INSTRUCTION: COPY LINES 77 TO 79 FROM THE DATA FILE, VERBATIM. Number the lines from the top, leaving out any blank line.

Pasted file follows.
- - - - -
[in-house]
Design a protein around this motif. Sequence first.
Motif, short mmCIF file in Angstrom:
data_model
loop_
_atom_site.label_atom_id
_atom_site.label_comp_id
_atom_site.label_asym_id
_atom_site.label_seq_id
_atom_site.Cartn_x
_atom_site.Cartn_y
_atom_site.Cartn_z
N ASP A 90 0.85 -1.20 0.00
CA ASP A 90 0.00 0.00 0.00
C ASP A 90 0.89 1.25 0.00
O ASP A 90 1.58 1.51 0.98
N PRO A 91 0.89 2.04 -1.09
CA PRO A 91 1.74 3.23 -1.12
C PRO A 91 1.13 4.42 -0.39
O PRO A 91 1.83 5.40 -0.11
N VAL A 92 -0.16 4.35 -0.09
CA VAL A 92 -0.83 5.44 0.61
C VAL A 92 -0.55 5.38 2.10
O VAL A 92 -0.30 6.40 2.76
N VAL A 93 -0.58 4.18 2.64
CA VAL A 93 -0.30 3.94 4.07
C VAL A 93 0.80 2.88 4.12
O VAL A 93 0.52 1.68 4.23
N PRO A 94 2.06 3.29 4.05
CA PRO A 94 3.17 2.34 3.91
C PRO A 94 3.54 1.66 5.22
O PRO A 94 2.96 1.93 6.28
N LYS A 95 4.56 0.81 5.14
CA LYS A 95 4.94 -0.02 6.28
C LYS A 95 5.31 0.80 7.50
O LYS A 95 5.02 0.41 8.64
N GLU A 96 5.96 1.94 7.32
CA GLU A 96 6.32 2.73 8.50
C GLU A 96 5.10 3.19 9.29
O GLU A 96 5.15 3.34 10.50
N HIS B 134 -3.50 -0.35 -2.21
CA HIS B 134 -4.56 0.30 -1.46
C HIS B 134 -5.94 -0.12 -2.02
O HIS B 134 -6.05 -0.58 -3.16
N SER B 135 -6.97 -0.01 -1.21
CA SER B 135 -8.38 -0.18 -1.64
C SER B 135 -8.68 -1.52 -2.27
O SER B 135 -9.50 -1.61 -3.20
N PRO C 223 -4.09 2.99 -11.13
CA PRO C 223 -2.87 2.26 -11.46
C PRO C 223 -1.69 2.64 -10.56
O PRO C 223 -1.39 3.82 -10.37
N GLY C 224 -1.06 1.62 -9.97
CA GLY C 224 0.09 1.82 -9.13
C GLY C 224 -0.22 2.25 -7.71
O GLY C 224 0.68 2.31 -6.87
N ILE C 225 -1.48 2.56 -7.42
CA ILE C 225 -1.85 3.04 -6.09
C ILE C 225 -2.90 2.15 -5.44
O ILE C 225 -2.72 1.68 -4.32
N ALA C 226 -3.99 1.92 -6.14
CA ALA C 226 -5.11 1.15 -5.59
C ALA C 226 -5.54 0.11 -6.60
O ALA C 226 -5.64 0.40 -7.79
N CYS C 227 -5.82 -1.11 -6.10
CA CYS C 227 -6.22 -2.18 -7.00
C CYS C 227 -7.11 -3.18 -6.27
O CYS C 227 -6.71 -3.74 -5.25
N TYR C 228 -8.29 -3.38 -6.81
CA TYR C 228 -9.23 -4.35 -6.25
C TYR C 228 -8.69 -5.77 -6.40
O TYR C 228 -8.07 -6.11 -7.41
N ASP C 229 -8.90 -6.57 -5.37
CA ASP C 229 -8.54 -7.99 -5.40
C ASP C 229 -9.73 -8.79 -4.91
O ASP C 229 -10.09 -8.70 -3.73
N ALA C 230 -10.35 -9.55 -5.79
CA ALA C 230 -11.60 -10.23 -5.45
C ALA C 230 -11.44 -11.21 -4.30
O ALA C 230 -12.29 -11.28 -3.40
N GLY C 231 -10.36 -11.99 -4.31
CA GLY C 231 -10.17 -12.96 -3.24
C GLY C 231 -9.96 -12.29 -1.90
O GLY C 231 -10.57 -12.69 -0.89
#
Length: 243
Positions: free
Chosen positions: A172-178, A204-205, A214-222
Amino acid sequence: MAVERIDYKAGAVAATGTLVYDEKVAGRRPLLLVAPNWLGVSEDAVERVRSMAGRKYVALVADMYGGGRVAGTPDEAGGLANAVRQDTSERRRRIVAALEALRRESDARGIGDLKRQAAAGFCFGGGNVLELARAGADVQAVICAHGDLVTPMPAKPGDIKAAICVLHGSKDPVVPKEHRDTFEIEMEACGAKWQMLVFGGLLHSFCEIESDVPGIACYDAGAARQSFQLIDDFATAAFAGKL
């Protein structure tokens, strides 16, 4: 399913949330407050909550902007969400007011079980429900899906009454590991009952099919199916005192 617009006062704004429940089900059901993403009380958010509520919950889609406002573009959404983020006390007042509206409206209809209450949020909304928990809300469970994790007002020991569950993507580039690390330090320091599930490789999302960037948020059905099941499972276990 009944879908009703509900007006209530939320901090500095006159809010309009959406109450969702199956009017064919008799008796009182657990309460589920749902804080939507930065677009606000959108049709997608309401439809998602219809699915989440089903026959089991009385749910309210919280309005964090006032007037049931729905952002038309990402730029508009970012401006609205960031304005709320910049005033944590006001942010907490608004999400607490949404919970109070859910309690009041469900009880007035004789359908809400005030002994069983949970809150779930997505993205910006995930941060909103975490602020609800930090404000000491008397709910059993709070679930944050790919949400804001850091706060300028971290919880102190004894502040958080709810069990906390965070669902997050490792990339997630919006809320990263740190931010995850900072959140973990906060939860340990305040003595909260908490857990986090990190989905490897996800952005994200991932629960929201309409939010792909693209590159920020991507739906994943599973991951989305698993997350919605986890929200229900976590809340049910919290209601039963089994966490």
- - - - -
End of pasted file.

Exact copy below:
N ALA C 230 -10.35 -9.55 -5.79
CA ALA C 230 -11.60 -10.23 -5.45
C ALA C 230 -11.44 -11.21 -4.30